MPS: Supply and delivery of uniform with reference number MPS/SS/08//05/2019 at K2,852,938,800.00 with supplier Xelite Strips Ltd/Capstone Ltd.

MPS: Supply and delivery of food ration packs with reference number MPS/SB/07/09/2018 at $4,600,000.00 with supplier Xaviar Ltd.

MPS: Supply and delivery of food ration packs with reference number MPS/SB//140/05/ZZ/2017 at $3,220,000.00 with supplier Xaviar Ltd.

MPS: Supply and delivery of food ration packs with reference number MPS/SS/49/08/2017 at $3,680,000.00 with supplier Xaviar.

MPS: Supply and delivery of ration food packs with reference number MPS/SS//02/10/2019 at $4,830,000.00 with supplier Xaviar Ltd.

ACB’s observations

In the report, the ACB says the investigations have established the depth of permeation of systemic corruption in public procurement in Malawi involving sophisticated collusion between private suppliers and public officers at different strata of public service from MDAs stores clerks to officials at the Reserve Bank of Malawi.

“This case is a deep reflection of how Malawi has been plundered for decades and represents the pillars on which corrupt systems had been built in the country for too long,” reads the report.

ACB says breaking these pillars is not a day’s job but would require dedication, consistency and perseverance of all the relevant state actors.

The bureau cites political party funding as one big factor contributing to the systemic plunder and corruption of public resources. It says most political parties go into government having already been captured by unscrupulous private business entities.

“The evidence herein suggests that the systemic corruption that has been revealed by this investigation started many decades ago and has just been on from one government to another.

“Unless we deal with the issue of political party funding, it will be difficult to deal with corruption in public procurement which is the bedrock of corruption in Malawi,” the report reads.

Challenges

The bureau admits that the investigation requires some high level of meticulousness and additional financial support from the government as there is still a lot of work requiring more investigations.

The bureau also admits that on its own it will not be possible to ably handle and prosecute all the cases under this investigation. The bureau says it may have to outsource the services of private practice lawyers to prosecute some of the cases.

The report says there is a security concern for the bureau officers and the members of the investigating and prosecuting teams in view of the political and governance implications that the investigations will have in the country.

Recommendations

The bureau recommends that the government should consider ACB special funding to enable conclusion of investigations to pay legal fees for at least five private lawyers it intends to hire.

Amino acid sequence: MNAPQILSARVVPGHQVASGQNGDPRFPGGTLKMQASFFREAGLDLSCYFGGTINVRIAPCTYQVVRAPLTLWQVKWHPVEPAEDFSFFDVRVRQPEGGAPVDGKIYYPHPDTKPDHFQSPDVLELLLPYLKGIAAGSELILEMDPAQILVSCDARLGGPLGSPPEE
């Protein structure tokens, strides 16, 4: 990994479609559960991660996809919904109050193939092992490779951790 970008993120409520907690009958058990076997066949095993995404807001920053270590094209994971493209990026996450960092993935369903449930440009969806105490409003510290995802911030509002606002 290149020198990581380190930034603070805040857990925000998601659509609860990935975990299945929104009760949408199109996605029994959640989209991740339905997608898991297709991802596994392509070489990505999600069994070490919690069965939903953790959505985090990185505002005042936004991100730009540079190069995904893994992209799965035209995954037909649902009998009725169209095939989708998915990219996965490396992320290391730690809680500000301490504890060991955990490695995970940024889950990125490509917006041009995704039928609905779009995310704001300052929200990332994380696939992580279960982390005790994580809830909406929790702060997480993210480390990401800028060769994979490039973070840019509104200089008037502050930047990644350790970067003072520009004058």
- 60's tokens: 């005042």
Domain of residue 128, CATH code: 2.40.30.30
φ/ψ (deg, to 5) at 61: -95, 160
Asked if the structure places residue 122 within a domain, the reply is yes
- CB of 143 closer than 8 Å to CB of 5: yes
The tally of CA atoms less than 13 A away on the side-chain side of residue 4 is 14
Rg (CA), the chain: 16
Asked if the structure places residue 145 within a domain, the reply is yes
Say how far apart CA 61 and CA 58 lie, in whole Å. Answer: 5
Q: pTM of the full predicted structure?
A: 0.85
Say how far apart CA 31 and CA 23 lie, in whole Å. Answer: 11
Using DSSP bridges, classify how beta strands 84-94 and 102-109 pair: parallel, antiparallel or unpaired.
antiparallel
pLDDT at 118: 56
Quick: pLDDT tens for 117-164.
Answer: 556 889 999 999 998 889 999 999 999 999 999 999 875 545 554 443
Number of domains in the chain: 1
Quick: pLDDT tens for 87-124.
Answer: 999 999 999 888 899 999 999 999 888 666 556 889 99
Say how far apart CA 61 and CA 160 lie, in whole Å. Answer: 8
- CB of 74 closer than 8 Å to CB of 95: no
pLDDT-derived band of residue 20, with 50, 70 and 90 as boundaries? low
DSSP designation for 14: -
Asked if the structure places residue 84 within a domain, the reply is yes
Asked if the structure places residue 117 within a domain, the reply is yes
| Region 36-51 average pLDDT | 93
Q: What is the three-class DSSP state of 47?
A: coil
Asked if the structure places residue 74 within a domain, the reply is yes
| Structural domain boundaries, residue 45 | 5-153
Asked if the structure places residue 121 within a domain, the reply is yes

It also recommends that the judiciary should make special arrangements for quick disposal of the cases from the investigations and other equally sensitive and high-profile investigations it has been investigating.

The bureau further asks the Office of the President and Cabinet in collaboration with the Department of Human Resource Management Development in consultation with the ACB and with proper legal guidance from the Attorney General, to facilitate a process of taking coordinated necessary and appropriate administrative action against public officers involved.

Reactions

Minister of Finance Sosten Gwengwe said ACB’s proposal for additional funding received a positive nod.

“The request was already approved,” he said.

Registrar of the High Court and Supreme Court of Appeal Kondwani Banda refused to comment when asked about some judicial officers implicated in the investigations and ACB’s proposal for the judiciary to make special arrangements to dispose of the cases.

“We cannot comment at this moment. This is sensitive,” Banda said.

Centre for Human Rights and Rehabilitation (CHRR) Executive Director Michael Kaiyatsa expressed concern over the ‘slow’ pace at which the Sattar investigations are going, contrary to the hype that was created.

“On our side, we had expected that investigations into the allegations would be expedited so that those with strong evidence against them can be prosecuted and those that are not, cleared,” Kaiyatsa said.

He said the expectation was that Sattar himself would be arrested and brought back to Malawi to face trial for cases that he is alleged to have committed locally.

Kaiyatsa called for speed on the matter, saying the right to speedy investigation is a basic human right.

“That’s why we continue to urge the ACB to expedite investigations into the Sattar case. This is the only way Malawians can have confidence in the Bureau. This will also put to rest all the speculations and propaganda circulating on social media.”

Overwhelmed ACB

ACB spokesperson Egrita Ndala admitted their workload has indeed increased lately not only due to issues relating to Sattar case but some other equally high-profile cases that the Bureau is currently handling.

She also said the Treasury has allocated K400 million additional funding.

“This money will help the Bureau in the investigations and also hire at least five (5) private lawyers to assist in the prosecution of some of the cases,” Ndala said.

She said the ACB has also been engaging the Judiciary on better ways of speeding up handling these cases.

In the next sitting of Parliament, government will table the amendment bill to the Courts Act establishing the Finance and Economic Crimes Court.

“The Bureau’s hope is that the amendment goes through in Parliament and that it does not take long to operationalize these courts so that all these cases should be handled by this court,” she said.

According to Ndala, after finalising investigations on a particular public officer, they will be compiling a report to the relevant Head of MDA and Office of President and Cabinet.

“The MDA and OPC will then have to take appropriate action,” she said.